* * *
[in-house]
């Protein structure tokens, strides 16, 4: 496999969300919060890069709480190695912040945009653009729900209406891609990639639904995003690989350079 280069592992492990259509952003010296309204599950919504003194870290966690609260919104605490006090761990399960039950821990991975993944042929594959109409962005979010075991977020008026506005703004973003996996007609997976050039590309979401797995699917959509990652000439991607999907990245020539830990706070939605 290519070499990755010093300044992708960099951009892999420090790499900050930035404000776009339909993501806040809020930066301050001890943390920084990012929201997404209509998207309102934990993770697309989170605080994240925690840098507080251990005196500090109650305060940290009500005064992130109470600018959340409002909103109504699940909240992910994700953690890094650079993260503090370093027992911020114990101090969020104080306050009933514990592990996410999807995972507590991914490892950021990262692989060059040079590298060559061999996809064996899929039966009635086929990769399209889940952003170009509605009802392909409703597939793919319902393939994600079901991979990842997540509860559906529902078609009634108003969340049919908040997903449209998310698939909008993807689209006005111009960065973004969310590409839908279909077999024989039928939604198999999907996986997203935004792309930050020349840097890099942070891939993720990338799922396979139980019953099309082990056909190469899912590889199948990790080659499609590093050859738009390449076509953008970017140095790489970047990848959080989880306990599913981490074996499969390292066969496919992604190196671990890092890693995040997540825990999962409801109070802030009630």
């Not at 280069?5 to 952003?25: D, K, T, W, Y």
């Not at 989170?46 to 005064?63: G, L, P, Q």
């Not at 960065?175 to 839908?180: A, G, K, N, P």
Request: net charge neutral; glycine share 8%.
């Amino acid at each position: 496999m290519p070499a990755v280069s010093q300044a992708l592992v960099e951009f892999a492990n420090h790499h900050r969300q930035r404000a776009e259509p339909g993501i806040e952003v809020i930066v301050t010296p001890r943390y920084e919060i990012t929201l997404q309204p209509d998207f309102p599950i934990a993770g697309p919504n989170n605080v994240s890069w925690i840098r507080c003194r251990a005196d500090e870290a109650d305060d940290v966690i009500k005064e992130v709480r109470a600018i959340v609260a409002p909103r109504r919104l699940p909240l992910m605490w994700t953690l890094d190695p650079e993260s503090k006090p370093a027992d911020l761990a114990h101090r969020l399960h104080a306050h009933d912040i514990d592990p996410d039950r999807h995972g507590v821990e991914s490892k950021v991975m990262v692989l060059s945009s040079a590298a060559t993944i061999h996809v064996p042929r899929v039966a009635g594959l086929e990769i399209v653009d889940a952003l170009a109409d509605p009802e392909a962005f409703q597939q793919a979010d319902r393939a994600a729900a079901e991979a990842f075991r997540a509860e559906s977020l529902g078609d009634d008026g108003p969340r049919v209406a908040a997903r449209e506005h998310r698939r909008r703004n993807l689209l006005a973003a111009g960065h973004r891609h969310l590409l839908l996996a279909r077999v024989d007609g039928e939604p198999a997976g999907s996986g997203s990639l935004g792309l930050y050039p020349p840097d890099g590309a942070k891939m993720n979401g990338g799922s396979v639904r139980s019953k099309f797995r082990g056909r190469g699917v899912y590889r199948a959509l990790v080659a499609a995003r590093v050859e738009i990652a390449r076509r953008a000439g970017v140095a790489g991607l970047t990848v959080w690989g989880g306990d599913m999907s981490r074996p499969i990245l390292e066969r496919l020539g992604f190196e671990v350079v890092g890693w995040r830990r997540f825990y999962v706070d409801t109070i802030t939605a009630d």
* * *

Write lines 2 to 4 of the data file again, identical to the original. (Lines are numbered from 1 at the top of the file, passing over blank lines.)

């Protein structure tokens, strides 16, 4: 496999969300919060890069709480190695912040945009653009729900209406891609990639639904995003690989350079 280069592992492990259509952003010296309204599950919504003194870290966690609260919104605490006090761990399960039950821990991975993944042929594959109409962005979010075991977020008026506005703004973003996996007609997976050039590309979401797995699917959509990652000439991607999907990245020539830990706070939605 290519070499990755010093300044992708960099951009892999420090790499900050930035404000776009339909993501806040809020930066301050001890943390920084990012929201997404209509998207309102934990993770697309989170605080994240925690840098507080251990005196500090109650305060940290009500005064992130109470600018959340409002909103109504699940909240992910994700953690890094650079993260503090370093027992911020114990101090969020104080306050009933514990592990996410999807995972507590991914490892950021990262692989060059040079590298060559061999996809064996899929039966009635086929990769399209889940952003170009509605009802392909409703597939793919319902393939994600079901991979990842997540509860559906529902078609009634108003969340049919908040997903449209998310698939909008993807689209006005111009960065973004969310590409839908279909077999024989039928939604198999999907996986997203935004792309930050020349840097890099942070891939993720990338799922396979139980019953099309082990056909190469899912590889199948990790080659499609590093050859738009390449076509953008970017140095790489970047990848959080989880306990599913981490074996499969390292066969496919992604190196671990890092890693995040997540825990999962409801109070802030009630």
């Not at 280069?5 to 952003?25: D, K, T, W, Y």
């Not at 989170?46 to 005064?63: G, L, P, Q």